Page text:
When the four of us (we and Vered and Aviv Ron) walked into the huge parking lot to claim our RV in San Francisco, we saw tens of parked RVs and were thrilled to think that one had our name displayed in the window. We were crushed when Anthony, after walking around the lot reported that our RV wasn’t there. Ant eventually said that he'd found it, but it was quite a bit smaller than he'd expected. How Ant, Vered and AvivR all laughed as my mouth literally dropped when he showed us a pick-up truck with a tiny cabin perched on the back. Eventually ours was ready and with high spirits and a lot of laughter we prepared for takeoff. It’s very comfortable - our bed is at the back and Vered and Aviv sleep on a shelf over the steering wheel. It’s quite easy to drive, although its width is disconcerting. Turning can be a problem as the body ends a significant distance behind the rear wheels (sounds like me describing my behind!) But we feel so powerful as we master this hulk, what a change from my moped! Anthony was the first to take the wheel and it was a nightmare. Vered and I led the way in the rented car - verblonzering in town, swerving from lane to lane and finally we took him through an obstacle course in our efforts to find the rental depot for the car.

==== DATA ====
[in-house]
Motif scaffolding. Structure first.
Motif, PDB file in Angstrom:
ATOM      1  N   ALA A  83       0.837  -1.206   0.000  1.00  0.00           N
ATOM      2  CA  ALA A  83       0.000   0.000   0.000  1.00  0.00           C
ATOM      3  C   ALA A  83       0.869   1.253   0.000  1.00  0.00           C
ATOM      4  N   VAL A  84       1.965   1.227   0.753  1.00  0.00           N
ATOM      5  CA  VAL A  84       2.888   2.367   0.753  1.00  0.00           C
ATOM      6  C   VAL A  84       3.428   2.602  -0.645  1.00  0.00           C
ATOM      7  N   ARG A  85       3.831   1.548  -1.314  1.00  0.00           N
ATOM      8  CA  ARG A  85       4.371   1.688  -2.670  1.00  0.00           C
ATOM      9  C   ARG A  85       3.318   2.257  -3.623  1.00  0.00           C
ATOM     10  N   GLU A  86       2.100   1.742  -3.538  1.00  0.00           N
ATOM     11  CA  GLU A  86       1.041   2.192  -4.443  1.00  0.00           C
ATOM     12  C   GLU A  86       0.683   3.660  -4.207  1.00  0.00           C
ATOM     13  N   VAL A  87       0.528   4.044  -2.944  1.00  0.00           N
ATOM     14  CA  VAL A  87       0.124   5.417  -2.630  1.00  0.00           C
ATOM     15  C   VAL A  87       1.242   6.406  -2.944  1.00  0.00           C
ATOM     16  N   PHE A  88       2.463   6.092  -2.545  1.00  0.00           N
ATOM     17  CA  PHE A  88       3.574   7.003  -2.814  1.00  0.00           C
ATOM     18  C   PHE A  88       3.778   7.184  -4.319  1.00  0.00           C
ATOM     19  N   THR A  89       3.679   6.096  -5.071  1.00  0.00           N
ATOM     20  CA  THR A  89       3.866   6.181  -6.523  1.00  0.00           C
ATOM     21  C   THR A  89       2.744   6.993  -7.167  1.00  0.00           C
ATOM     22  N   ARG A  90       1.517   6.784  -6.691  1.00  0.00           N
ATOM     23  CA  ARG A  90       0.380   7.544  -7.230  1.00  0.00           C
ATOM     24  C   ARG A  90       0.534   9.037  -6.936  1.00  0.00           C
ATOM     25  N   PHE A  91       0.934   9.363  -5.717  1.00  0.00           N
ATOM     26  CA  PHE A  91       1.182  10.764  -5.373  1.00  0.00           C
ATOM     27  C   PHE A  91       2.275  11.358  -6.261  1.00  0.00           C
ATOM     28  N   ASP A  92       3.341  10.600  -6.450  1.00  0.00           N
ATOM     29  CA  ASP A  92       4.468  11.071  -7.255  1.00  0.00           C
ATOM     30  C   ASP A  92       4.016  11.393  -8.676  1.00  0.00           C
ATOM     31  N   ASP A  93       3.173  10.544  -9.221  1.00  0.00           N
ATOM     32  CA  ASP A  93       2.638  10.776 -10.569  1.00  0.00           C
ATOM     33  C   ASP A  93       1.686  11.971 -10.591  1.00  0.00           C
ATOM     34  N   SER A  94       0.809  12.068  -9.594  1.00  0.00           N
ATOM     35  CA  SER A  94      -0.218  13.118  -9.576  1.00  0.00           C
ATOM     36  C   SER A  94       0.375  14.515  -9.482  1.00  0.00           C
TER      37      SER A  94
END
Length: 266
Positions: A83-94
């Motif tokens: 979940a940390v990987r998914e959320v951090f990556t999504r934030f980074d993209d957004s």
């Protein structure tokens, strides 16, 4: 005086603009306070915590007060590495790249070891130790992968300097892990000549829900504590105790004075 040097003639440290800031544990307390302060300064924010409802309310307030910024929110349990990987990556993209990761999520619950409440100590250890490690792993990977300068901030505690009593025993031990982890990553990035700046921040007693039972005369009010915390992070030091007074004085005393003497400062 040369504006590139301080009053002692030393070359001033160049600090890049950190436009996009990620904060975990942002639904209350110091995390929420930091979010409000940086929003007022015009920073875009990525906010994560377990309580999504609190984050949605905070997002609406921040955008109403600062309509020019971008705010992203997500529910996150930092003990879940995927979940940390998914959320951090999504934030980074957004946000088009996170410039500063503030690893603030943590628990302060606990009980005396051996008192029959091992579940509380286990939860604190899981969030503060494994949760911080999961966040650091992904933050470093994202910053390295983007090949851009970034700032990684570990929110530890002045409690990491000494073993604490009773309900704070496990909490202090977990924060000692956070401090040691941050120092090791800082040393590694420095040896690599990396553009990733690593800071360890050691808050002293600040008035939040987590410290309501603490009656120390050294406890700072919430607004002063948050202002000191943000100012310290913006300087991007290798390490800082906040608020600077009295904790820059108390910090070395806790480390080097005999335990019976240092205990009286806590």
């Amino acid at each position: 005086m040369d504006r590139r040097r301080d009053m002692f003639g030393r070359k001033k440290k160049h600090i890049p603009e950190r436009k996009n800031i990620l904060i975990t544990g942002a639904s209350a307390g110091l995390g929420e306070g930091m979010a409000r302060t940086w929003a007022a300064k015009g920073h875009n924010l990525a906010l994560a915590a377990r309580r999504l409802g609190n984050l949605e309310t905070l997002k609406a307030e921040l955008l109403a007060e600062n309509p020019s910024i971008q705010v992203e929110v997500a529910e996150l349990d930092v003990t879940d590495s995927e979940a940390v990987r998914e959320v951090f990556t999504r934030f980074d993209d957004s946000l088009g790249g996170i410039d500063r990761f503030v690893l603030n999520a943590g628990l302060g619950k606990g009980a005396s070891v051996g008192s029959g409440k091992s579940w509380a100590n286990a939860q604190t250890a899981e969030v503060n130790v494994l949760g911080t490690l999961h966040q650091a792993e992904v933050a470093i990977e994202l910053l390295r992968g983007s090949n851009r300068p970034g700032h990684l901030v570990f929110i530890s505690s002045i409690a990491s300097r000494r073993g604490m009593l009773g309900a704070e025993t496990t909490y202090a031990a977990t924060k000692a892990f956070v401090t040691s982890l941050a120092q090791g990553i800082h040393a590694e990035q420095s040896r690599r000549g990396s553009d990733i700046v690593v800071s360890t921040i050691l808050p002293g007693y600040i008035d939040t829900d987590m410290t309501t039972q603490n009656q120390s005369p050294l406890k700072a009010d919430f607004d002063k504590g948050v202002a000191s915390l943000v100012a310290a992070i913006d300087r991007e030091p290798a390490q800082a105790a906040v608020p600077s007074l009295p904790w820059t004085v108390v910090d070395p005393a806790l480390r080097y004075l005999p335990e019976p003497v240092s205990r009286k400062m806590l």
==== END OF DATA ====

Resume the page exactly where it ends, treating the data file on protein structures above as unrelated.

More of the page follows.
Nevertheless he had to drive through heart stopping winding passes to our first stop, a park by the American River. Dusty surface with pines all around we could hear the rush of the river as it cascaded over the nearby rapids. The first evening was wonderful for me - I slept the whole night in anticipation of my morning cup of tea. It was only in the morning when I woke up and had to get up to make tea did I realize that it was the river bubbling and not the kettle. Not trusting our fishing skills, the next morning we opted out of river fishing and choose the pond stocked with trout. It was Aviv's first time and to his delight he caught two fish for our supper. Vered was upset that she didn’t catch anything - but as we explained, she can't have everything in life! The area, Colorna, is where gold was first found and people still pan the river. Despite claims that people are panning more out of the river than in the 1800s and unlike the chunks of gold displayed in the park office, we only panned a few flecks from the icy river, certainly not the piece I had hoped to hang around my neck.